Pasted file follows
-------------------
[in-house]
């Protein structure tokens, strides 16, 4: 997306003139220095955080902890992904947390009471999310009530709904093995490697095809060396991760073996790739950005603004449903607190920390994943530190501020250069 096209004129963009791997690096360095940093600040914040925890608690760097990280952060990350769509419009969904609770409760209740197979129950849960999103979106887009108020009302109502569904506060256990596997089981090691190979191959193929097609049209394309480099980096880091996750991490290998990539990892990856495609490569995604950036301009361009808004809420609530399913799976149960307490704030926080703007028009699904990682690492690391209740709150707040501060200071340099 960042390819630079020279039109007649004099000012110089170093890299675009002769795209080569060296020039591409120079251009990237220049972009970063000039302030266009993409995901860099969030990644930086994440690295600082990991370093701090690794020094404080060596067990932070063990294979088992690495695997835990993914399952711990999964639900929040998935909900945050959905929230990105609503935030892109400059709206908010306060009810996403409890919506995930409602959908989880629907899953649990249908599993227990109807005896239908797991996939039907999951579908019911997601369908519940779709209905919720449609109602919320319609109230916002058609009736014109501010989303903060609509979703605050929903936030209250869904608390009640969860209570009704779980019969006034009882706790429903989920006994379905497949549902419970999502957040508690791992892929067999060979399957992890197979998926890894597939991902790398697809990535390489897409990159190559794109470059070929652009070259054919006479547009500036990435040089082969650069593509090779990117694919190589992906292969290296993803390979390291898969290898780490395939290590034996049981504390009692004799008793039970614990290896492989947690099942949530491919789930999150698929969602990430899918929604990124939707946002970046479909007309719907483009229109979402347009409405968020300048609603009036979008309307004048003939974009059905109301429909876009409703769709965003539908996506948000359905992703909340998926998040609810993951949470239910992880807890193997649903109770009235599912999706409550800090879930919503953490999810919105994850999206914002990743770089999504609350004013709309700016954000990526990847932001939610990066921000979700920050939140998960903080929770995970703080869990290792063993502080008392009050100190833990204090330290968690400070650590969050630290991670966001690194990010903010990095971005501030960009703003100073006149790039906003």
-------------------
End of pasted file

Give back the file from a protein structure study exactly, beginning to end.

[in-house]
């Protein structure tokens, strides 16, 4: 997306003139220095955080902890992904947390009471999310009530709904093995490697095809060396991760073996790739950005603004449903607190920390994943530190501020250069 096209004129963009791997690096360095940093600040914040925890608690760097990280952060990350769509419009969904609770409760209740197979129950849960999103979106887009108020009302109502569904506060256990596997089981090691190979191959193929097609049209394309480099980096880091996750991490290998990539990892990856495609490569995604950036301009361009808004809420609530399913799976149960307490704030926080703007028009699904990682690492690391209740709150707040501060200071340099 960042390819630079020279039109007649004099000012110089170093890299675009002769795209080569060296020039591409120079251009990237220049972009970063000039302030266009993409995901860099969030990644930086994440690295600082990991370093701090690794020094404080060596067990932070063990294979088992690495695997835990993914399952711990999964639900929040998935909900945050959905929230990105609503935030892109400059709206908010306060009810996403409890919506995930409602959908989880629907899953649990249908599993227990109807005896239908797991996939039907999951579908019911997601369908519940779709209905919720449609109602919320319609109230916002058609009736014109501010989303903060609509979703605050929903936030209250869904608390009640969860209570009704779980019969006034009882706790429903989920006994379905497949549902419970999502957040508690791992892929067999060979399957992890197979998926890894597939991902790398697809990535390489897409990159190559794109470059070929652009070259054919006479547009500036990435040089082969650069593509090779990117694919190589992906292969290296993803390979390291898969290898780490395939290590034996049981504390009692004799008793039970614990290896492989947690099942949530491919789930999150698929969602990430899918929604990124939707946002970046479909007309719907483009229109979402347009409405968020300048609603009036979008309307004048003939974009059905109301429909876009409703769709965003539908996506948000359905992703909340998926998040609810993951949470239910992880807890193997649903109770009235599912999706409550800090879930919503953490999810919105994850999206914002990743770089999504609350004013709309700016954000990526990847932001939610990066921000979700920050939140998960903080929770995970703080869990290792063993502080008392009050100190833990204090330290968690400070650590969050630290991670966001690194990010903010990095971005501030960009703003100073006149790039906003």